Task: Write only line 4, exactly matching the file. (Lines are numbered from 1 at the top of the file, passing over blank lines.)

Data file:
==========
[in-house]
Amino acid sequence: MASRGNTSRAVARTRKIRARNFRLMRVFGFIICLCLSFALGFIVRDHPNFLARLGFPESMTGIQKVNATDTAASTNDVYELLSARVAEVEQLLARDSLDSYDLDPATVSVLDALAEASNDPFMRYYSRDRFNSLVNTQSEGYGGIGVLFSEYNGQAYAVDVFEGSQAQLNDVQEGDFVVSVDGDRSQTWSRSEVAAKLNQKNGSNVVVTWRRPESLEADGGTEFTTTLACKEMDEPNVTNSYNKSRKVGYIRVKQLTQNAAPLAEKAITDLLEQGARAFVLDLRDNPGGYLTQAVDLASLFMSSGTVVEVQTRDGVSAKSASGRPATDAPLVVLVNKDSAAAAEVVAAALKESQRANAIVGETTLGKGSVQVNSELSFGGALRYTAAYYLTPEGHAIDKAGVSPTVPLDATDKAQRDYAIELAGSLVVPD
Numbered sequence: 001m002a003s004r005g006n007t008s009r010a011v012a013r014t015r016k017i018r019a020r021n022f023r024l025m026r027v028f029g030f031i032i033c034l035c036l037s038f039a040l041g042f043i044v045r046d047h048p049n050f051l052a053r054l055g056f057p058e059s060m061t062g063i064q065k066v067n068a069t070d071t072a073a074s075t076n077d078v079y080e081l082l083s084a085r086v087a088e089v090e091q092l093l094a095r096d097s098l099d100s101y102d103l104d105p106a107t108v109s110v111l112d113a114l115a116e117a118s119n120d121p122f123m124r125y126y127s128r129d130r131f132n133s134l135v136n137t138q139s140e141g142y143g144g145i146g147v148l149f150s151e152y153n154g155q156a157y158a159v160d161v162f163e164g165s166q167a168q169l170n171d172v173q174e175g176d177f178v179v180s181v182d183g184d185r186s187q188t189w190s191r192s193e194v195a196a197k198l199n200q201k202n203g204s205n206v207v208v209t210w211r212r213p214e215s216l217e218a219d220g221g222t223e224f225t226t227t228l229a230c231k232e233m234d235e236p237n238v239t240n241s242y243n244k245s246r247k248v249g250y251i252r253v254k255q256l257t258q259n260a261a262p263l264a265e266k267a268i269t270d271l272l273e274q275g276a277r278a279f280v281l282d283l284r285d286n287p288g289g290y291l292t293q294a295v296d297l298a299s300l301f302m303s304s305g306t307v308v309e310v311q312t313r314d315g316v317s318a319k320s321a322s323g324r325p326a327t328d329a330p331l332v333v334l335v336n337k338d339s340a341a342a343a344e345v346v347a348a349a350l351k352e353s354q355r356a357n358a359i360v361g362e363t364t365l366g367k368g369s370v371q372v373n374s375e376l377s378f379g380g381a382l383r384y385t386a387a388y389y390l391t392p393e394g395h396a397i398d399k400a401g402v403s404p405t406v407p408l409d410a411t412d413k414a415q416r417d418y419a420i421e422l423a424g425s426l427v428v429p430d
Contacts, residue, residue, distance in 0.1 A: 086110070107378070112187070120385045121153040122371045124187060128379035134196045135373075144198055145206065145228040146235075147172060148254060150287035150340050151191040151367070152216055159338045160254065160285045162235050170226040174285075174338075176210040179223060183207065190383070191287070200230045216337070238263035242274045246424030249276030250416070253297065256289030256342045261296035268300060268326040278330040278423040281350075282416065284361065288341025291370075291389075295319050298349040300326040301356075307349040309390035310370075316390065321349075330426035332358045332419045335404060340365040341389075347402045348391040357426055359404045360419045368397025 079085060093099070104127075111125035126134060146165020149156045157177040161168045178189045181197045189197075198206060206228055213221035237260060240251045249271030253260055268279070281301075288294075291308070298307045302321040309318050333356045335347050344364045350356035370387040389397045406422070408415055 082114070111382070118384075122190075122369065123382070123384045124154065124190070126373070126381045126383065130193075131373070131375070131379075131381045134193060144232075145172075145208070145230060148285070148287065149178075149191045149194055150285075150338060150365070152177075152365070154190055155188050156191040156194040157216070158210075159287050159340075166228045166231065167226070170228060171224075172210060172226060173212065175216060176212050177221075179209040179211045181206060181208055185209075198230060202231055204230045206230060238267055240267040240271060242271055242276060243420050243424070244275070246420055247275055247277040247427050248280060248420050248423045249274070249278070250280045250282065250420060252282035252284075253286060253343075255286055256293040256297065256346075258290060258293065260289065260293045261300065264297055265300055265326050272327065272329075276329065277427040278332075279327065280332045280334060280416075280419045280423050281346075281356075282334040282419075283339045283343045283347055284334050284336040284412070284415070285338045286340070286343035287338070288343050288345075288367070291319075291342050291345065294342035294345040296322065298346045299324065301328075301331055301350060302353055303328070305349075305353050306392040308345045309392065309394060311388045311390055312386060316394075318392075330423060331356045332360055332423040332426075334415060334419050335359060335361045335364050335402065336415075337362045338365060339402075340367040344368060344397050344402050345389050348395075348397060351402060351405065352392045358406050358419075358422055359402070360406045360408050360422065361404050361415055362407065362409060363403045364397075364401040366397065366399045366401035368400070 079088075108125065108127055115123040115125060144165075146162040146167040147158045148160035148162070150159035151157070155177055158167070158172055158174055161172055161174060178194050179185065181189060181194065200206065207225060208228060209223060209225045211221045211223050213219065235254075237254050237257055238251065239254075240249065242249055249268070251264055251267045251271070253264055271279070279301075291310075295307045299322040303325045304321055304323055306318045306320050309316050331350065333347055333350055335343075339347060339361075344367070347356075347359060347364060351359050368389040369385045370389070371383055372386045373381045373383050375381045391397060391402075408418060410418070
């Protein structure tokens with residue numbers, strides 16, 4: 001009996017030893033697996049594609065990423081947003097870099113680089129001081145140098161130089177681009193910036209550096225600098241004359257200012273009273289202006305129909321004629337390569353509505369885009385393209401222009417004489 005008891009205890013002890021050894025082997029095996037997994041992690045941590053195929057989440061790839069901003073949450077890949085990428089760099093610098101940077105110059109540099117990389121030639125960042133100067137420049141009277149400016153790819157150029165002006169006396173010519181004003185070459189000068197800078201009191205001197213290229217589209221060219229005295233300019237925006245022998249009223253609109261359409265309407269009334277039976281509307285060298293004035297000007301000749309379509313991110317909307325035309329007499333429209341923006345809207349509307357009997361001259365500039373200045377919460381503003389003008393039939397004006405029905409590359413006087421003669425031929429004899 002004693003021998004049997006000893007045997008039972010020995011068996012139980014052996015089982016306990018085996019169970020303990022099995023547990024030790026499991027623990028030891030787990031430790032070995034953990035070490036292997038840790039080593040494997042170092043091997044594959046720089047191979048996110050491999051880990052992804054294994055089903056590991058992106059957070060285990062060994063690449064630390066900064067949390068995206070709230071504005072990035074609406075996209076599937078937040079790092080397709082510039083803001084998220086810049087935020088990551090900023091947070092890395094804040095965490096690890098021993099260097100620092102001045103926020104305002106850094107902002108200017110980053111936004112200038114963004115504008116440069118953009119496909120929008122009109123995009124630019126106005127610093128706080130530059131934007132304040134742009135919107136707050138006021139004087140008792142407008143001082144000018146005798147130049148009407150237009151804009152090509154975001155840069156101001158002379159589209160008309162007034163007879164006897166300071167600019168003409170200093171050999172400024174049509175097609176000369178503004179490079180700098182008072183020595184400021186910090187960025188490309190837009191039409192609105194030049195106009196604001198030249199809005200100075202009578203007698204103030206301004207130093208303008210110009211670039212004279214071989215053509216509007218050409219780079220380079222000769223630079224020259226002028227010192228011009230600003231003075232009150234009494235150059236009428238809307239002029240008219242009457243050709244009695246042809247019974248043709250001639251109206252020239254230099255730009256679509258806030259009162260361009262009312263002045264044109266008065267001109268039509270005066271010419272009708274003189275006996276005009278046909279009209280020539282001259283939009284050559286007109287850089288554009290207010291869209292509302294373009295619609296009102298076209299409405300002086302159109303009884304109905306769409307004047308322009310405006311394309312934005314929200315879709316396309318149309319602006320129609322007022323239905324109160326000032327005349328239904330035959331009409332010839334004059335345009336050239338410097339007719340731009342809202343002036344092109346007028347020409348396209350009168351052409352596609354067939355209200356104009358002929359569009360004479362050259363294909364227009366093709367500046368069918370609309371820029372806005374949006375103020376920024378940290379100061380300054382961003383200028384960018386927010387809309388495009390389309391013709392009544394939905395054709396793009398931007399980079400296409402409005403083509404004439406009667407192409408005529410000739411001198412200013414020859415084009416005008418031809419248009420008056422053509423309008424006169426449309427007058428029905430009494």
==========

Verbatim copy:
Contacts, residue, residue, distance in 0.1 A: 086110070107378070112187070120385045121153040122371045124187060128379035134196045135373075144198055145206065145228040146235075147172060148254060150287035150340050151191040151367070152216055159338045160254065160285045162235050170226040174285075174338075176210040179223060183207065190383070191287070200230045216337070238263035242274045246424030249276030250416070253297065256289030256342045261296035268300060268326040278330040278423040281350075282416065284361065288341025291370075291389075295319050298349040300326040301356075307349040309390035310370075316390065321349075330426035332358045332419045335404060340365040341389075347402045348391040357426055359404045360419045368397025 079085060093099070104127075111125035126134060146165020149156045157177040161168045178189045181197045189197075198206060206228055213221035237260060240251045249271030253260055268279070281301075288294075291308070298307045302321040309318050333356045335347050344364045350356035370387040389397045406422070408415055 082114070111382070118384075122190075122369065123382070123384045124154065124190070126373070126381045126383065130193075131373070131375070131379075131381045134193060144232075145172075145208070145230060148285070148287065149178075149191045149194055150285075150338060150365070152177075152365070154190055155188050156191040156194040157216070158210075159287050159340075166228045166231065167226070170228060171224075172210060172226060173212065175216060176212050177221075179209040179211045181206060181208055185209075198230060202231055204230045206230060238267055240267040240271060242271055242276060243420050243424070244275070246420055247275055247277040247427050248280060248420050248423045249274070249278070250280045250282065250420060252282035252284075253286060253343075255286055256293040256297065256346075258290060258293065260289065260293045261300065264297055265300055265326050272327065272329075276329065277427040278332075279327065280332045280334060280416075280419045280423050281346075281356075282334040282419075283339045283343045283347055284334050284336040284412070284415070285338045286340070286343035287338070288343050288345075288367070291319075291342050291345065294342035294345040296322065298346045299324065301328075301331055301350060302353055303328070305349075305353050306392040308345045309392065309394060311388045311390055312386060316394075318392075330423060331356045332360055332423040332426075334415060334419050335359060335361045335364050335402065336415075337362045338365060339402075340367040344368060344397050344402050345389050348395075348397060351402060351405065352392045358406050358419075358422055359402070360406045360408050360422065361404050361415055362407065362409060363403045364397075364401040366397065366399045366401035368400070 079088075108125065108127055115123040115125060144165075146162040146167040147158045148160035148162070150159035151157070155177055158167070158172055158174055161172055161174060178194050179185065181189060181194065200206065207225060208228060209223060209225045211221045211223050213219065235254075237254050237257055238251065239254075240249065242249055249268070251264055251267045251271070253264055271279070279301075291310075295307045299322040303325045304321055304323055306318045306320050309316050331350065333347055333350055335343075339347060339361075344367070347356075347359060347364060351359050368389040369385045370389070371383055372386045373381045373383050375381045391397060391402075408418060410418070